B.K. Behera, J.
1. The appellant stood charged under Section 302 of the Penal Code with having committed the murde of Gaja Khadia (hereinafter described as the 'deceased') on Sept. 20, 1976 at about 7 P.M. at village Tarigerpalli. The appellant was under treatment by two Gunias (sorcerers), namely, the absconding accused Lalu and Bandhu (P.W. 9) owing to his illness and he called the deceased who had come to take his wife (P.W. 7) from the house of his father-in-law (P.W. 8) and abruptly taking out the Gupti which had been brought by Lalu stabbed the deceased on his chest which resulted in his death. Information was lodged with the police authorities and P.W. 11 took charge of the investigation. He examined witnesses, seized some articles on the spot, arrested the appellant, took steps for his medical examination as he noticed abnormalities in the conduct of the appellant and on the completion of investigation, placed a charge sheet against the appellant and the absconding accused Lalu. The appellant's plea at the trial was that he had not stabbed the deceased. From the statement of his recorded under Section 313 of the Code of Criminal Procedure and from the trend of cross-examination of the prosecution witnesses, the case of the appellant was that he was insane at the time the incident took place.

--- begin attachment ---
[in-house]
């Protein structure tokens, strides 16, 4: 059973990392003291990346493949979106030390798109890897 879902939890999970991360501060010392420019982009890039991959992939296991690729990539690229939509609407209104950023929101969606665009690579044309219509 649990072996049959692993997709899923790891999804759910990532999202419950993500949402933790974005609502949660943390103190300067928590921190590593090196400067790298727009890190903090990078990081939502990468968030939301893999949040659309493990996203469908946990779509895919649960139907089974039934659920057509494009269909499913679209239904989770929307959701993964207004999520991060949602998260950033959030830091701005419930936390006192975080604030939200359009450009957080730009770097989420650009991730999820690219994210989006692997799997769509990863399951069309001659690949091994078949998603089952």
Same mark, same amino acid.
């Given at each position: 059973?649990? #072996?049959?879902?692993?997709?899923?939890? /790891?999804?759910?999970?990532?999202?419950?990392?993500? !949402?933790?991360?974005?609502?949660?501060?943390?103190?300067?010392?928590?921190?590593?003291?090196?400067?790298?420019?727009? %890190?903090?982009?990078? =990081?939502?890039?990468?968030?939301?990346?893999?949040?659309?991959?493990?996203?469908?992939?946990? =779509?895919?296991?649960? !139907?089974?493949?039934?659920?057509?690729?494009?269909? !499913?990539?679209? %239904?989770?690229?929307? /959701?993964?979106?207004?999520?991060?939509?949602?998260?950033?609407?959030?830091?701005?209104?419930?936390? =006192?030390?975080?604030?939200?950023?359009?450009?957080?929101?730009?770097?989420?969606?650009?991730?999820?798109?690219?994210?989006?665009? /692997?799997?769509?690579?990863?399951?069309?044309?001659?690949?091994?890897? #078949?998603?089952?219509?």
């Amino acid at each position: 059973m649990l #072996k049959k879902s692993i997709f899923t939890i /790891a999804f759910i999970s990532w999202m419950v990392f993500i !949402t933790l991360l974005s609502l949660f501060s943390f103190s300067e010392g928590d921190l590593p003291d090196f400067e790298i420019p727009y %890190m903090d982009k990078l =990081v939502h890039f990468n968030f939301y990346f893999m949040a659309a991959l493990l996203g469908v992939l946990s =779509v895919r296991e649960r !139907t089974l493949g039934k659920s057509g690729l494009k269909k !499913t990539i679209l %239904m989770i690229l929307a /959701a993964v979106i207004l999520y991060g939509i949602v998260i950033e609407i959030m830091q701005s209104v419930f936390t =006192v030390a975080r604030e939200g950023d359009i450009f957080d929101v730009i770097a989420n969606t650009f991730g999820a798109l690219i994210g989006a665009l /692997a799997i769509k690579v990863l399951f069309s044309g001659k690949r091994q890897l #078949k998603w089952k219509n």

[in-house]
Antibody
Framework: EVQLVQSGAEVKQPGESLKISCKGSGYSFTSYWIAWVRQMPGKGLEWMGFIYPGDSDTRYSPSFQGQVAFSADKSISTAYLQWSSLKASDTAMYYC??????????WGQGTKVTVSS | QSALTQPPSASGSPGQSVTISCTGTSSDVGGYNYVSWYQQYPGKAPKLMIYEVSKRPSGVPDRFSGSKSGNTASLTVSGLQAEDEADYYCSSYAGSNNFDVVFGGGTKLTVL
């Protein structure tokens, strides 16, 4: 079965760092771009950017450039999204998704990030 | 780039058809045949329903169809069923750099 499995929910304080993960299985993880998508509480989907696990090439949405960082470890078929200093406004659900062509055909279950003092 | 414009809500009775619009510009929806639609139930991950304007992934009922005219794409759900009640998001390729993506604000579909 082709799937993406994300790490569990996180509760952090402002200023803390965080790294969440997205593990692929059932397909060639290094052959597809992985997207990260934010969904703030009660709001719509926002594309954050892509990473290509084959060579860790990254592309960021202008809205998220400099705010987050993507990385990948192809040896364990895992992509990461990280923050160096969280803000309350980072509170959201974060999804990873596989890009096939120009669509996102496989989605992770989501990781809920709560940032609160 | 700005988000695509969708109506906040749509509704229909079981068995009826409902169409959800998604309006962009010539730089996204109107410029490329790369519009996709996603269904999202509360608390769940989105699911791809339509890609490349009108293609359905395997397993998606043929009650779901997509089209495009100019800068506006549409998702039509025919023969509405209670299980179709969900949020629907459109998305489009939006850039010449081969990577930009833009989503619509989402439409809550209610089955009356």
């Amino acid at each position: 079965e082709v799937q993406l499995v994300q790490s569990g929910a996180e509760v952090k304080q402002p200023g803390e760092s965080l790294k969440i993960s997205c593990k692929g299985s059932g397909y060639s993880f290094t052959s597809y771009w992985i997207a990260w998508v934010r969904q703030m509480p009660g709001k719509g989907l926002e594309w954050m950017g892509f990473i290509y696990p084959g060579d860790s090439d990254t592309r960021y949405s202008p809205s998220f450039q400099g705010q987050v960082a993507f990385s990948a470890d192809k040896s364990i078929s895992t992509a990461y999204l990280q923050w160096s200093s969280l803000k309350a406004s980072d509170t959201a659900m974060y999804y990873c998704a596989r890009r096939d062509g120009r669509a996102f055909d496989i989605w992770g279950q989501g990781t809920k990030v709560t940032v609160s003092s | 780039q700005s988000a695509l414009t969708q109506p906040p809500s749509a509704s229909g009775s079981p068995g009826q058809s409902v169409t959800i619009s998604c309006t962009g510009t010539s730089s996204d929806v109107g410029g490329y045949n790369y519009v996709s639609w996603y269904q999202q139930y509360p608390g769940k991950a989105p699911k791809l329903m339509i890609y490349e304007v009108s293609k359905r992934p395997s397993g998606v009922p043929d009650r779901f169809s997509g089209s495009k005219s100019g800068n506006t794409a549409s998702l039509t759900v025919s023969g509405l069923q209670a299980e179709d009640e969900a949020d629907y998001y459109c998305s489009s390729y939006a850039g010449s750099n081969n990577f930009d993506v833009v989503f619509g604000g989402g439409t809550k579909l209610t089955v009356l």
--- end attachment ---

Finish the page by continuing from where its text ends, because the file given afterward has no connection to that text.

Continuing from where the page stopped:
2. To bring home the charge to the appellant, the prosecution had examined eleven witnesses of whom P. Ws. 7 to 9 were witnesses to the occurrence and all of them had testified that the appellant stabbed the deceased on his chest by means of a Gupti. Two witnesses for the defence had been examined and one of them was the Jail Medical Officer who had observed the appellant from September 24. 1976 to Nov. 28. 1976. He had noticed many abnormalities and his report (Ext. A1 had been admitted in evidence. D.W.2, a resident of village Tangerpalli where the incident had taken place, had also been examined to establish the case of the defence that the appellant was insane at the time the occurrence took place.